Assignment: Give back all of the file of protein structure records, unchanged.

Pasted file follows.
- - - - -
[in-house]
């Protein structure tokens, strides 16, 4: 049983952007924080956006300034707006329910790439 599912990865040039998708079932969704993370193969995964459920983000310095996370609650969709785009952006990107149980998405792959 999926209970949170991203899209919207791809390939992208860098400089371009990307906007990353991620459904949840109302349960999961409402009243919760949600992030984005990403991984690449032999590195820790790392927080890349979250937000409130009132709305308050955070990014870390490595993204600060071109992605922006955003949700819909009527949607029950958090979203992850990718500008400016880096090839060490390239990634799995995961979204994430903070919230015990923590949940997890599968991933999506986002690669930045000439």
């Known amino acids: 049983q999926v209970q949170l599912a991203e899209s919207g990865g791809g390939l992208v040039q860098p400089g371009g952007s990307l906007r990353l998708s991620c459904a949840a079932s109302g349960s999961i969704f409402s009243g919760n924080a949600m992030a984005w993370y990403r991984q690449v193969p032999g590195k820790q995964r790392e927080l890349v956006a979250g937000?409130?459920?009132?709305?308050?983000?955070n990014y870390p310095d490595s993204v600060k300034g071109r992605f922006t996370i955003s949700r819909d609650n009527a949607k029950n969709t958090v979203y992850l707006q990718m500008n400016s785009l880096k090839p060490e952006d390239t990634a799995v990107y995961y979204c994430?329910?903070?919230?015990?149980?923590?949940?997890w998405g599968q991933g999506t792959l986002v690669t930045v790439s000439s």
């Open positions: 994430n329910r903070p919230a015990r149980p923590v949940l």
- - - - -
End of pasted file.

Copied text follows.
[in-house]
């Protein structure tokens, strides 16, 4: 049983952007924080956006300034707006329910790439 599912990865040039998708079932969704993370193969995964459920983000310095996370609650969709785009952006990107149980998405792959 999926209970949170991203899209919207791809390939992208860098400089371009990307906007990353991620459904949840109302349960999961409402009243919760949600992030984005990403991984690449032999590195820790790392927080890349979250937000409130009132709305308050955070990014870390490595993204600060071109992605922006955003949700819909009527949607029950958090979203992850990718500008400016880096090839060490390239990634799995995961979204994430903070919230015990923590949940997890599968991933999506986002690669930045000439």
């Known amino acids: 049983q999926v209970q949170l599912a991203e899209s919207g990865g791809g390939l992208v040039q860098p400089g371009g952007s990307l906007r990353l998708s991620c459904a949840a079932s109302g349960s999961i969704f409402s009243g919760n924080a949600m992030a984005w993370y990403r991984q690449v193969p032999g590195k820790q995964r790392e927080l890349v956006a979250g937000?409130?459920?009132?709305?308050?983000?955070n990014y870390p310095d490595s993204v600060k300034g071109r992605f922006t996370i955003s949700r819909d609650n009527a949607k029950n969709t958090v979203y992850l707006q990718m500008n400016s785009l880096k090839p060490e952006d390239t990634a799995v990107y995961y979204c994430?329910?903070?919230?015990?149980?923590?949940?997890w998405g599968q991933g999506t792959l986002v690669t930045v790439s000439s």
């Open positions: 994430n329910r903070p919230a015990r149980p923590v949940l």